Azure Databricks is a high-performance Apache Spark-based platform that has been optimized for the Microsoft Azure cloud.
It offers three environments for building and developing data applications:
- Databricks Data Science and Engineering: This provides an interactive workspace that enables collaboration between data engineers, data scientists, machine learning engineers, and business analysts and allows you to build big data pipelines.
- Databricks SQL: This allows you to run ad hoc SQL queries on your data lake and supports multiple visualization types to explore your query results.
- Databricks Machine Learning: Provides end-to-end machine learning environment for feature development, model training , experiment tracking along with model serving and management.
In this chapter, we will cover how to create an Azure Databricks service using the Azure portal, Azure CLI, and ARM templates. We will learn about different...
To follow along with the examples in this chapter, you will need to have the following:
- An Azure subscription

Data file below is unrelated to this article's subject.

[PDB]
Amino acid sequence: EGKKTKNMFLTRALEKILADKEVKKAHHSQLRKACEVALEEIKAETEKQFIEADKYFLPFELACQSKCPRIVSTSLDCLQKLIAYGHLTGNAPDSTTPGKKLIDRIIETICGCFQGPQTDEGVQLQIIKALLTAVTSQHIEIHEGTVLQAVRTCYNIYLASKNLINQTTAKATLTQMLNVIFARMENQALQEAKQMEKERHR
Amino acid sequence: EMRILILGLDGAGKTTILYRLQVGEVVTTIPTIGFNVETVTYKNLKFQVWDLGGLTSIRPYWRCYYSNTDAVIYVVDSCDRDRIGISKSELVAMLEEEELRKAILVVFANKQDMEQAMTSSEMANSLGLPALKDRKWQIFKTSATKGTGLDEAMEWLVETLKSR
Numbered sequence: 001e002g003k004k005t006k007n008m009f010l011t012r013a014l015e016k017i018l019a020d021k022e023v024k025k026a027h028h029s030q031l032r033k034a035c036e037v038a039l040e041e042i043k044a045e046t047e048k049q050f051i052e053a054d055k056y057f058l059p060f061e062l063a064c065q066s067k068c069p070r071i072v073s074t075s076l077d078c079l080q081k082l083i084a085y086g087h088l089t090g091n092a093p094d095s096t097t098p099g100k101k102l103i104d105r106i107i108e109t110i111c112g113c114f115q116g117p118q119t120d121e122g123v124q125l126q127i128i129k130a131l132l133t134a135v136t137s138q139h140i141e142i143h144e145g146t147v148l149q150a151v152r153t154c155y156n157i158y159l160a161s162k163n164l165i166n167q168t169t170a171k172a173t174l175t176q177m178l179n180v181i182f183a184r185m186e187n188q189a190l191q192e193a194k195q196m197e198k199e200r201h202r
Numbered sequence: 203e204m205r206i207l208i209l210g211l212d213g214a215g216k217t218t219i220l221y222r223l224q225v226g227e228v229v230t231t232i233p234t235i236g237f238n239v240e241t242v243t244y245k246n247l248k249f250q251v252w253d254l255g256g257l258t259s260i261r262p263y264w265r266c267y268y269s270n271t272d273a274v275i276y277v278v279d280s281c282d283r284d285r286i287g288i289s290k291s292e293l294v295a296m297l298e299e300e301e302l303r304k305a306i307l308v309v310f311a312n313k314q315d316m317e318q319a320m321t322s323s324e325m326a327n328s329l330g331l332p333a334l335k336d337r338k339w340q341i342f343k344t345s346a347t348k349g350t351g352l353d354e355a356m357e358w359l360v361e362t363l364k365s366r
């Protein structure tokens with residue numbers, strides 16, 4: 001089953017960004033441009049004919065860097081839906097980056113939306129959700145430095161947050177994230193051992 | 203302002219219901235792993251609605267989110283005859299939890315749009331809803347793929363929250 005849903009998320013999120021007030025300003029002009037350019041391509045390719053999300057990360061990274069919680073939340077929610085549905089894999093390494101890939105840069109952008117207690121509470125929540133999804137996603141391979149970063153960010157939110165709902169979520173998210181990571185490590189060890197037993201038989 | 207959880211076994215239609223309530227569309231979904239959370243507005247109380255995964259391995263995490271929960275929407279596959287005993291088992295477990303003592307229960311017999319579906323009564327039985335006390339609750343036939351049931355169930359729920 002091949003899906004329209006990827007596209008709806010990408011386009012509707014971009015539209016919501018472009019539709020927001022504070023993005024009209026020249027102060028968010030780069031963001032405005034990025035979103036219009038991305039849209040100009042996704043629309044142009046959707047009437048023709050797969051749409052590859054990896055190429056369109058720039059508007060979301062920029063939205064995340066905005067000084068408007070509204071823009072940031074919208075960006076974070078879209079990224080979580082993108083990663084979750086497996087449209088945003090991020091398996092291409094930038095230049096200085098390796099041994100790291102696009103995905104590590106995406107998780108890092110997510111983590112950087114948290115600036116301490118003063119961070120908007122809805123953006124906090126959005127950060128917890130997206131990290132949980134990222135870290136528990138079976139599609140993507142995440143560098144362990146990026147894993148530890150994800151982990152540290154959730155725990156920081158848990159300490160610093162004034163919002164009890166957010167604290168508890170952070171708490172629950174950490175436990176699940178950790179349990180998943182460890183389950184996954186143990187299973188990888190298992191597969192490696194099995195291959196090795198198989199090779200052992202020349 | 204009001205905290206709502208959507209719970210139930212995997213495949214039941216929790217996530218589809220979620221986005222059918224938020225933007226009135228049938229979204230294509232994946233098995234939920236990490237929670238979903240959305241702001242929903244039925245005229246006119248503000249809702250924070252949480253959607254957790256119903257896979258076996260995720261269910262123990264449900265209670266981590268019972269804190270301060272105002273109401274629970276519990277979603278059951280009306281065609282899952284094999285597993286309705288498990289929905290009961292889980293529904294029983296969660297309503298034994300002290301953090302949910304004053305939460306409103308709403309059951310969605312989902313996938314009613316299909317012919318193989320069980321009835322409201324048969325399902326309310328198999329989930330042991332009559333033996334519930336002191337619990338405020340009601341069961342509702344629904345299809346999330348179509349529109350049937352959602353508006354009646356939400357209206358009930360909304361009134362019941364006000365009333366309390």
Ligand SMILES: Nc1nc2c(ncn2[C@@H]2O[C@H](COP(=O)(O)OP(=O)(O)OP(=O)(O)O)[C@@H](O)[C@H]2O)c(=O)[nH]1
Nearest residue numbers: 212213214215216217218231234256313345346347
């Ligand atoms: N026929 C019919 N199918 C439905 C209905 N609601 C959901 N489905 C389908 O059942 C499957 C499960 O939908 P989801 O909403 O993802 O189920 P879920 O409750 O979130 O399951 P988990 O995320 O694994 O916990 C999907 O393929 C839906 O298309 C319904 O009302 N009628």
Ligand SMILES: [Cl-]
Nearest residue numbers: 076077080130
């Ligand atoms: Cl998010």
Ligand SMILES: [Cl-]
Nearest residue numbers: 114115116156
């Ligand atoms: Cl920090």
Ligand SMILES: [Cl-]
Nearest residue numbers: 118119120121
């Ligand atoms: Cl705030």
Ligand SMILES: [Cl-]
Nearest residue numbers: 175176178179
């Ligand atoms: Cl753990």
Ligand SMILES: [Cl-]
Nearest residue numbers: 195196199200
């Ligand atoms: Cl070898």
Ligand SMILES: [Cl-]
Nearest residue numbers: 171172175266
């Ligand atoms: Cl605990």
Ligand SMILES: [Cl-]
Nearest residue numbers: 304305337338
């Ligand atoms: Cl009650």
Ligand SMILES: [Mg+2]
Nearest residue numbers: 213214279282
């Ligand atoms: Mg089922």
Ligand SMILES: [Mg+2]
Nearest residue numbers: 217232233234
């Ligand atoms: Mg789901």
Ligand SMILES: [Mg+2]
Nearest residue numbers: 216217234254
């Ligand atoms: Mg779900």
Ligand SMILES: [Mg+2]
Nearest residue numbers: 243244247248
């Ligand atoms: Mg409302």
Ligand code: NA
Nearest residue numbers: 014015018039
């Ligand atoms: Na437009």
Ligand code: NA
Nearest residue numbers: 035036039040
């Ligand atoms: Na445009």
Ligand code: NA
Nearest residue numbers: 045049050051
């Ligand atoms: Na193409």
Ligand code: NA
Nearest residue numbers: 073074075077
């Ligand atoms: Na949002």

- The Azure CLI installed on one of the following platforms:
(a) For Windows (install the Azure CLI for Windows | Microsoft Docs https://docs.microsoft.com/en-us/cli/azure/install-azure-cli-windows?tabs=azure-cli)
(b) For Mac (install the Azure CLI for macOS | Microsoft Docs https://docs.microsoft.com/en-us/cli/azure/install-azure-cli-macos)
(c) For Linux (install the Azure CLI for Linux manually | Microsoft Docs https://docs.microsoft.com/en-us/cli/azure/install-azure-cli-linux?pivots=apt)
- You can find the scripts for this chapter at https://github.com/PacktPublishing/Azure-Databricks-Cookbook/tree/main/Chapter01. The
Chapter-01folder contains the script for this chapter.
- As an Azure AD user, you will need the Contributor role in your subscription and create the Azure Databricks service via the Azure portal. You must also be the admin...
Creating a Databricks workspace in the Azure portal
There are multiple ways we can create an Azure Databricks service. This recipe will focus on creating the service in the Azure portal. This method is usually used for learning purposes or ad hoc requests. The preferred methods for creating services are using the Azure PowerShell, Azure CLI and ARM templates.
By the end of this recipe, you will have learned how to create an Azure Databricks service instance using the Azure portal.
You will need access via a subscription to the service and have a Contributor role available in it.